Tuesday, June 10, 2003
The New York Times imitates Indymedia: For those of you unfamiliar with it, (you're lucky) Indymedia is a collection of Web sites from the lunatic left which are rabidly anti-American, anti-Semitic and anti-intelligence. How is the Old Gray Lady imitating Indymedia? Well, it's publishing this claptrap by columnist Paul Krugman.
Krugman, curiously, chooses to take the most solid evidence that has yet been produced to demonstrate Saddam Hussein had a WMD program -- the "germ warfare" trailers -- and hangs his hat on reports by "experts" that they could be used to inflate balloons.
Or look at the affair of the infamous "germ warfare" trailers. I don't know whether those trailers were intended to produce bioweapons or merely to inflate balloons, as the Iraqis claim — a claim supported by a number of outside experts. (According to the newspaper The Observer, Britain sold Iraq a similar system back in 1987.) What is clear is that an initial report concluding that they were weapons labs was, as one analyst told The Times, "a rushed job and looks political." President Bush had no business declaring "we have found the weapons of mass destruction."
To people like Krugman, it's always going to "look political." Nothing can be done about that. Krugman's an intelligent man, though blinded by his ideological obsessions, but you'd think he would have addressed Secretary of State Colin Powell's argument, made on Fox News Sunday. Powell's argument is one even an economics professor could understand: If those trailers were used to inflate balloons, then immediately after Powell's presentation to the U.N. Security Council detailing their use as mobile biological labs the Iraqis would have rolled one of them up to the parking lot of the Palestine Hotel and given the world press a tour. The balloon theory doesn't pass the laugh test.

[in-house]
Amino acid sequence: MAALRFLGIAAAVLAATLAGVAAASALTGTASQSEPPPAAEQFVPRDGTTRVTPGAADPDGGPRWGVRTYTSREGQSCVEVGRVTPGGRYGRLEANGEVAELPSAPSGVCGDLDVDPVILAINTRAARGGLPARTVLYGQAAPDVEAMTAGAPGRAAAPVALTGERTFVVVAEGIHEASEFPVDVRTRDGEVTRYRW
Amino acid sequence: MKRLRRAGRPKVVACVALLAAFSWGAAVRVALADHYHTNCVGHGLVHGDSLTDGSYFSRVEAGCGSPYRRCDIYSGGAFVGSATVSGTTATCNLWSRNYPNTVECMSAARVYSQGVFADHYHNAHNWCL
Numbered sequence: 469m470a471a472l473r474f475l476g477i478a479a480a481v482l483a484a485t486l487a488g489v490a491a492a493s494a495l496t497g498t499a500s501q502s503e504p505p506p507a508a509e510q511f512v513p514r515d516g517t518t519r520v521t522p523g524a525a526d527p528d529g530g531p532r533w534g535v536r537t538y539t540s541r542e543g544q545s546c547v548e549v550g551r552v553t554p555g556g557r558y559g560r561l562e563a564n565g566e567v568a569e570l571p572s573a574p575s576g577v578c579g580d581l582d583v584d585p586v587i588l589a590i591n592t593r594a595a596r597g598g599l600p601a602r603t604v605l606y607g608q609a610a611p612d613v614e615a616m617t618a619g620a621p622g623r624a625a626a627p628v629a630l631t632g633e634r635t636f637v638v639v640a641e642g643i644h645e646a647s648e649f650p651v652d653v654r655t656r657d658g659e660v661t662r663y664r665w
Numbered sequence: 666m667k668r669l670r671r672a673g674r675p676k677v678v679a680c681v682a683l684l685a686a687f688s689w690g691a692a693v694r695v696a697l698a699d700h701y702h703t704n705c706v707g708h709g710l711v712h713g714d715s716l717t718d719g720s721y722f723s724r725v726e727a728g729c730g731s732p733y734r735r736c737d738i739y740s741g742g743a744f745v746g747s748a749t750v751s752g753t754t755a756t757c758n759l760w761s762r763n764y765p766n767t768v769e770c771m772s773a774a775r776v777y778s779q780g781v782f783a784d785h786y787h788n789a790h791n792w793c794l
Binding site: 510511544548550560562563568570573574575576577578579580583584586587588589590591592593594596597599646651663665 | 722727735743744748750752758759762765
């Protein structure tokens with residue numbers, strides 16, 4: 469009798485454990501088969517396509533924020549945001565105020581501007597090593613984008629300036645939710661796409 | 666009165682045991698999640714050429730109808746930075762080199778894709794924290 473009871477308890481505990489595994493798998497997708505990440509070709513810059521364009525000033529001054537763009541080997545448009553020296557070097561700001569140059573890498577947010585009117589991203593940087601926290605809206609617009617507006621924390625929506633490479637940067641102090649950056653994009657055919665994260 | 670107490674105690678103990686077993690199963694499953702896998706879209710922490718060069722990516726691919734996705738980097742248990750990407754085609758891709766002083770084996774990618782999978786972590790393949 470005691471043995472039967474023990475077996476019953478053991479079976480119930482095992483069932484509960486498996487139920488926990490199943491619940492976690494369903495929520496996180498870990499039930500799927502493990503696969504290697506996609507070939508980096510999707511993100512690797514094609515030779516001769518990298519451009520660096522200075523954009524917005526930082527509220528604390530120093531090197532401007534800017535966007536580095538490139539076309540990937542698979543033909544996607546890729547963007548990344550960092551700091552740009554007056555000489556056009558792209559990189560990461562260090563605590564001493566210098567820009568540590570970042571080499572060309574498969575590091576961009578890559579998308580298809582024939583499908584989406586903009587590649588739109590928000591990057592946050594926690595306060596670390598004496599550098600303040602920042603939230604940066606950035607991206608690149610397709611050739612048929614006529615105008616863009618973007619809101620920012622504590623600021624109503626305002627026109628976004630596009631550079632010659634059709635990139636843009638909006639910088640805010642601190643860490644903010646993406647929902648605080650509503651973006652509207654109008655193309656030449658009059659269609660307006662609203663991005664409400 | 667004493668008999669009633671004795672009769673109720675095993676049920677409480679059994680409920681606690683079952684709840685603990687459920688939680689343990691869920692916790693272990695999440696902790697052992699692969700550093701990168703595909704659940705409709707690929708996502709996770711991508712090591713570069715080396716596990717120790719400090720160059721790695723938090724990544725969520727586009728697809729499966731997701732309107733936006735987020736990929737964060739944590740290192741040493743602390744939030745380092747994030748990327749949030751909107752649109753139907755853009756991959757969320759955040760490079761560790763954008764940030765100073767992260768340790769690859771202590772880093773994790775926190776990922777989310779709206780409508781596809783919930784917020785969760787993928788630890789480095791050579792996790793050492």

Krugman also claims, based on an Associated Press report, that the search for WMDs is over, because the military has run out of places to look.
It's now two months since Baghdad fell — and according to The A.P., military units searching for W.M.D.'s have run out of places to look.
Well, according to a Daily Mirror (not a pro-U.S. tabloid) report that's not the case.
The stark failures at the top of the list have led to the Exploitation Group's work being scaled back, with fewer than 300 of the 900 targets inspected.
You can discount the Mirror's take on this, just note that only a third of the sites have been searched. Run out of places to look? Flashback to May 17 and you can find this report:
(Douglas) Feith (undersecretary of Defense) said U.S. forces have searched about 20% of roughly 600 suspected weapons sites.
Pentagon officials say that 110 of 616 suspected sites had been searched, and that the number of people conducting the searches will more than double in coming weeks, to 1,300.
Even the article Krugman references notes that the search is far from over.
"We've interviewed a fraction of the people who were involved. We've gone to a fraction of the sites. We've gone through a fraction of thousands and thousands and thousands of documents about this program," National Security Adviser Condoleezza Rice said Sunday.
Intelligence agents and weapons hunters have been speaking with scientists and experts for the past month, but those interviews have not led the teams to any illegal weapons and none of the tips provided by Iraqis have panned out.
But if you look behind all of Krugman's bluster, you'll note that the "lies" he's accusing Bush of are the exact same "lies" President Clinton alleged throughout the '90s. The only difference is Bush did something about it.
For those of you interested in a thoughtful rebuttal to many of Krugman's tired arguments, check out The Washington Post's Robert Kagan in Sunday's paper. Kagan lists a number of prominent politicians over the past decade who have "lied" about Iraq's possession of WMDs, including: George W. Bush, Tony Blair, former CIA director John Deutch, former Defense Secretary William Cohen, Jacques Chirac, Al Gore, Bill Clinton and the German intelligence service. Kagan concludes:
So if you like a good conspiracy, this one's a doozy. And the best thing about it is that if all these people are lying, there's only one person who ever told the truth: Saddam Hussein. And now we can't find him either.
Though they would object to the charge, Krugman and his fellow conspiracy theorists believe that Saddam Hussein is more trustworthy than President Bush. That's their argument at its heart. It tells you something about them, and it's not pretty.